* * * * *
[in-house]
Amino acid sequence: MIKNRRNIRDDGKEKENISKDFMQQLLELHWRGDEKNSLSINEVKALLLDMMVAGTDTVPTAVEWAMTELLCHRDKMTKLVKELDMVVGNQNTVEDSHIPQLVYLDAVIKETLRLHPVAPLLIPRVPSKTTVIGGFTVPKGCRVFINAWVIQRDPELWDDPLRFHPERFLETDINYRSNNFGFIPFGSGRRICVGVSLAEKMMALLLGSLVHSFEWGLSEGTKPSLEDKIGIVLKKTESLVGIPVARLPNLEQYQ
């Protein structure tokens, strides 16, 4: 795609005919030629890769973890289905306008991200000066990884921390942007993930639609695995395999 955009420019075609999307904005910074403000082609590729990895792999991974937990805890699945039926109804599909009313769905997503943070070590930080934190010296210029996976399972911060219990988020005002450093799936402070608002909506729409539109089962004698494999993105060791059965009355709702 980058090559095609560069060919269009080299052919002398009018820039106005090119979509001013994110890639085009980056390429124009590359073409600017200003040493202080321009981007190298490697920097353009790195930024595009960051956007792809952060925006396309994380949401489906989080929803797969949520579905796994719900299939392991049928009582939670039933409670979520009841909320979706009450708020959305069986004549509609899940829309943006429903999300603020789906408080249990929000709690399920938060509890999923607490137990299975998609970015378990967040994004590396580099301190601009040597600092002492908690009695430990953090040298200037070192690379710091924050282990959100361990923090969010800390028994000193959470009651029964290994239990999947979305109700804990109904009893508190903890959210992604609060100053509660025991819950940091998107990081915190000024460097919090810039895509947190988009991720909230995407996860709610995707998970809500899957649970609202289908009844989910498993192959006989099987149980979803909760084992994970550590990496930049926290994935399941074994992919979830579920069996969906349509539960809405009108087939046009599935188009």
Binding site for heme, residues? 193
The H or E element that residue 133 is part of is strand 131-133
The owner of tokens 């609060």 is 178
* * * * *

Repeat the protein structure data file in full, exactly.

[in-house]
Amino acid sequence: MIKNRRNIRDDGKEKENISKDFMQQLLELHWRGDEKNSLSINEVKALLLDMMVAGTDTVPTAVEWAMTELLCHRDKMTKLVKELDMVVGNQNTVEDSHIPQLVYLDAVIKETLRLHPVAPLLIPRVPSKTTVIGGFTVPKGCRVFINAWVIQRDPELWDDPLRFHPERFLETDINYRSNNFGFIPFGSGRRICVGVSLAEKMMALLLGSLVHSFEWGLSEGTKPSLEDKIGIVLKKTESLVGIPVARLPNLEQYQ
């Protein structure tokens, strides 16, 4: 795609005919030629890769973890289905306008991200000066990884921390942007993930639609695995395999 955009420019075609999307904005910074403000082609590729990895792999991974937990805890699945039926109804599909009313769905997503943070070590930080934190010296210029996976399972911060219990988020005002450093799936402070608002909506729409539109089962004698494999993105060791059965009355709702 980058090559095609560069060919269009080299052919002398009018820039106005090119979509001013994110890639085009980056390429124009590359073409600017200003040493202080321009981007190298490697920097353009790195930024595009960051956007792809952060925006396309994380949401489906989080929803797969949520579905796994719900299939392991049928009582939670039933409670979520009841909320979706009450708020959305069986004549509609899940829309943006429903999300603020789906408080249990929000709690399920938060509890999923607490137990299975998609970015378990967040994004590396580099301190601009040597600092002492908690009695430990953090040298200037070192690379710091924050282990959100361990923090969010800390028994000193959470009651029964290994239990999947979305109700804990109904009893508190903890959210992604609060100053509660025991819950940091998107990081915190000024460097919090810039895509947190988009991720909230995407996860709610995707998970809500899957649970609202289908009844989910498993192959006989099987149980979803909760084992994970550590990496930049926290994935399941074994992919979830579920069996969906349509539960809405009108087939046009599935188009």
Binding site for heme, residues? 193
The H or E element that residue 133 is part of is strand 131-133
The owner of tokens 């609060």 is 178